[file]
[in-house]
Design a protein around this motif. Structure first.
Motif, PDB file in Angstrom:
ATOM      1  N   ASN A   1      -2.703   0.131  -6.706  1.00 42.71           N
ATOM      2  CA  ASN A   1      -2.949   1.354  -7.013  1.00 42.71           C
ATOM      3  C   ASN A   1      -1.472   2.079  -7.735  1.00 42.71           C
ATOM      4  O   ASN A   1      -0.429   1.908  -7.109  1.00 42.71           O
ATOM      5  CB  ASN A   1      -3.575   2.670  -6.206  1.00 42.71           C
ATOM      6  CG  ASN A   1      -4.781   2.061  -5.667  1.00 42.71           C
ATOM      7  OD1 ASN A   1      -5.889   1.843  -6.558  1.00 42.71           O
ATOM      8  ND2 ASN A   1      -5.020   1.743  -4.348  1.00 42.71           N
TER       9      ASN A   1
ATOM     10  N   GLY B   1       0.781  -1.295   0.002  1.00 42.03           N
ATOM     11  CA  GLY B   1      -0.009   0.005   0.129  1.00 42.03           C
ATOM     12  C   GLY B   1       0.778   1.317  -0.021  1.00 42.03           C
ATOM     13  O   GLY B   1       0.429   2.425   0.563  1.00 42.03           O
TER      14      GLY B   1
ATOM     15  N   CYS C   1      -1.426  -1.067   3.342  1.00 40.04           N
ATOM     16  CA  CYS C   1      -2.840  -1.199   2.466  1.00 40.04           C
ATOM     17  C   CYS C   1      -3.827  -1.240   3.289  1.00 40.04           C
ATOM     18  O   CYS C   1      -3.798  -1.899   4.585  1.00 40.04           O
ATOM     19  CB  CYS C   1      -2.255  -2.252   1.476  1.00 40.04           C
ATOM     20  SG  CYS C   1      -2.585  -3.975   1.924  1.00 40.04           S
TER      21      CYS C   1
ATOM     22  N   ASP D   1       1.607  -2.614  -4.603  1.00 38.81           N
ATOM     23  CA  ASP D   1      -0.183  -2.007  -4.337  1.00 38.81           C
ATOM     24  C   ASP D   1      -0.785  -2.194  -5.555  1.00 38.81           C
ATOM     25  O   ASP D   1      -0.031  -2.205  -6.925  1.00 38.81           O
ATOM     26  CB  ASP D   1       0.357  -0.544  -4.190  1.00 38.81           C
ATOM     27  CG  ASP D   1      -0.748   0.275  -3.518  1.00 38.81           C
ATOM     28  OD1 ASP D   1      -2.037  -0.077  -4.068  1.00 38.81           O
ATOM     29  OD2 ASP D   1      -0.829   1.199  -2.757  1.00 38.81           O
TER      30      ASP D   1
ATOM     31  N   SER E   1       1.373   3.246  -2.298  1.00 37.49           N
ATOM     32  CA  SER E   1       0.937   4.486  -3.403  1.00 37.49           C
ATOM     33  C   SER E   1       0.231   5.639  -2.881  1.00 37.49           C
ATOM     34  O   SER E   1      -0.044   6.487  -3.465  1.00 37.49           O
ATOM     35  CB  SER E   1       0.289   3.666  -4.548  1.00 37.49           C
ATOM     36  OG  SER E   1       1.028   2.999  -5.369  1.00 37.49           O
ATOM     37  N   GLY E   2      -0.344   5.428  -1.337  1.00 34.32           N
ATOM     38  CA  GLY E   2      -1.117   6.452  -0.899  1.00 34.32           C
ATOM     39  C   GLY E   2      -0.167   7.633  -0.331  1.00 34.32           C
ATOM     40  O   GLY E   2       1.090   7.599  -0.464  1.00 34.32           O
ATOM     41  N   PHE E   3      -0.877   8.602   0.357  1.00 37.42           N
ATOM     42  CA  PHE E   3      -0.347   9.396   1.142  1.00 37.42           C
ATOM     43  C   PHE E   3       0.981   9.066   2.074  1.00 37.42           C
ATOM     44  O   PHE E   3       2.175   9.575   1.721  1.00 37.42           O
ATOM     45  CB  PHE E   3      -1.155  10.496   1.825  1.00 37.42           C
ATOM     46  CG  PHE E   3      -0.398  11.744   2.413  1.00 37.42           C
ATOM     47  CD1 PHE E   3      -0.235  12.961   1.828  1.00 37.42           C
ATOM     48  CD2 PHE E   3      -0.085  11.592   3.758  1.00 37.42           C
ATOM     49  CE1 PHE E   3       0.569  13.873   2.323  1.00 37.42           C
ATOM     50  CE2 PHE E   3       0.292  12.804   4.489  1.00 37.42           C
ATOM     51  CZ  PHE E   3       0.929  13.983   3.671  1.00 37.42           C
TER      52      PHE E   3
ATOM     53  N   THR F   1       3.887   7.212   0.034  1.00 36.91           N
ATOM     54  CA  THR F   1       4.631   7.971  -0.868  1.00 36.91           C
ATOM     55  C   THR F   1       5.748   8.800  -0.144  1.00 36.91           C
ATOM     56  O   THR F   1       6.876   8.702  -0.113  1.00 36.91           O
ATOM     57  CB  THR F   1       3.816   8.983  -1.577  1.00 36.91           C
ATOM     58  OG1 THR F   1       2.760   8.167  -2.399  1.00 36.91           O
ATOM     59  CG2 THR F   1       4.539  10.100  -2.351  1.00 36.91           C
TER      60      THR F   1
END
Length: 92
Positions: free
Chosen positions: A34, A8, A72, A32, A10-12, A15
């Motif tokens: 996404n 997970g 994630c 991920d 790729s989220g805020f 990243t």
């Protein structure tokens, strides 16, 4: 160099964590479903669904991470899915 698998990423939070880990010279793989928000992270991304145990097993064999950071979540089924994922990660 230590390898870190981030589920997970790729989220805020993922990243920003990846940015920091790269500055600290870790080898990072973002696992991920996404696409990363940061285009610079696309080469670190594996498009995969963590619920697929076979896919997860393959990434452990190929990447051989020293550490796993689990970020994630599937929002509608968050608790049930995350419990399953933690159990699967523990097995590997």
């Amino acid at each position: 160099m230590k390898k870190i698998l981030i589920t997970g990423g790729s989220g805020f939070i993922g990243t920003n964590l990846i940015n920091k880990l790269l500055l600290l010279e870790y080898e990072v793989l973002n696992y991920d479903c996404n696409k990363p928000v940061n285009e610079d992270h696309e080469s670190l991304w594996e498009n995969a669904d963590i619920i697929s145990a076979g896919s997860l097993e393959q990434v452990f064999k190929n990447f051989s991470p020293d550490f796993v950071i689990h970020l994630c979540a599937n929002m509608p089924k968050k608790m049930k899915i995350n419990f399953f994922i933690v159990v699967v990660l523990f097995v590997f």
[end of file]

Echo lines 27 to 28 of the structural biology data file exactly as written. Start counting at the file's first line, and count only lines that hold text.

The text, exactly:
ATOM     24  C   ASP D   1      -0.785  -2.194  -5.555  1.00 38.81           C
ATOM     25  O   ASP D   1      -0.031  -2.205  -6.925  1.00 38.81           O